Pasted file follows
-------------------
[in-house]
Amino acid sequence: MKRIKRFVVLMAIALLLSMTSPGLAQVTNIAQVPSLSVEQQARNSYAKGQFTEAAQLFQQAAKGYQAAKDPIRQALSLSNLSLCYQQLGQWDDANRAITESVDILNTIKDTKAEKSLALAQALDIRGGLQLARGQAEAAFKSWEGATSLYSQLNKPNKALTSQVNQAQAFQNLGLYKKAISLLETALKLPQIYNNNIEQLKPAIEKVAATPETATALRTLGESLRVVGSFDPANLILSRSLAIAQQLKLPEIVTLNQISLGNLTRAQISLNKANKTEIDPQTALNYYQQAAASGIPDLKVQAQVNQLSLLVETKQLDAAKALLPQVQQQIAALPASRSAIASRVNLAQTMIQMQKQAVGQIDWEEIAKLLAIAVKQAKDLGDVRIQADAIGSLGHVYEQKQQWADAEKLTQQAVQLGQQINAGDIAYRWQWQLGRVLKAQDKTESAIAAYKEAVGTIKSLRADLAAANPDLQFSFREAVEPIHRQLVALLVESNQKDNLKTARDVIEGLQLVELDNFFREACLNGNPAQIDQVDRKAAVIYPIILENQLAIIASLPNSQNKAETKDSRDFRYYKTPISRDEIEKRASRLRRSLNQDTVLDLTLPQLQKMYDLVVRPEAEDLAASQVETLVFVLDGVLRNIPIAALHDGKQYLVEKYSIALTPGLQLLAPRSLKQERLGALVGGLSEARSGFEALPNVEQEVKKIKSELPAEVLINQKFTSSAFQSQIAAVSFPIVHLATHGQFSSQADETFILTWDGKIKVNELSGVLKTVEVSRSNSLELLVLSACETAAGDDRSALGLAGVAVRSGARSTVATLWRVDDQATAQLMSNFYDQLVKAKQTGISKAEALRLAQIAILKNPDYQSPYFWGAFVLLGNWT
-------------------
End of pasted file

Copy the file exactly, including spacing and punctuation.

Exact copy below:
[in-house]
Amino acid sequence: MKRIKRFVVLMAIALLLSMTSPGLAQVTNIAQVPSLSVEQQARNSYAKGQFTEAAQLFQQAAKGYQAAKDPIRQALSLSNLSLCYQQLGQWDDANRAITESVDILNTIKDTKAEKSLALAQALDIRGGLQLARGQAEAAFKSWEGATSLYSQLNKPNKALTSQVNQAQAFQNLGLYKKAISLLETALKLPQIYNNNIEQLKPAIEKVAATPETATALRTLGESLRVVGSFDPANLILSRSLAIAQQLKLPEIVTLNQISLGNLTRAQISLNKANKTEIDPQTALNYYQQAAASGIPDLKVQAQVNQLSLLVETKQLDAAKALLPQVQQQIAALPASRSAIASRVNLAQTMIQMQKQAVGQIDWEEIAKLLAIAVKQAKDLGDVRIQADAIGSLGHVYEQKQQWADAEKLTQQAVQLGQQINAGDIAYRWQWQLGRVLKAQDKTESAIAAYKEAVGTIKSLRADLAAANPDLQFSFREAVEPIHRQLVALLVESNQKDNLKTARDVIEGLQLVELDNFFREACLNGNPAQIDQVDRKAAVIYPIILENQLAIIASLPNSQNKAETKDSRDFRYYKTPISRDEIEKRASRLRRSLNQDTVLDLTLPQLQKMYDLVVRPEAEDLAASQVETLVFVLDGVLRNIPIAALHDGKQYLVEKYSIALTPGLQLLAPRSLKQERLGALVGGLSEARSGFEALPNVEQEVKKIKSELPAEVLINQKFTSSAFQSQIAAVSFPIVHLATHGQFSSQADETFILTWDGKIKVNELSGVLKTVEVSRSNSLELLVLSACETAAGDDRSALGLAGVAVRSGARSTVATLWRVDDQATAQLMSNFYDQLVKAKQTGISKAEALRLAQIAILKNPDYQSPYFWGAFVLLGNWT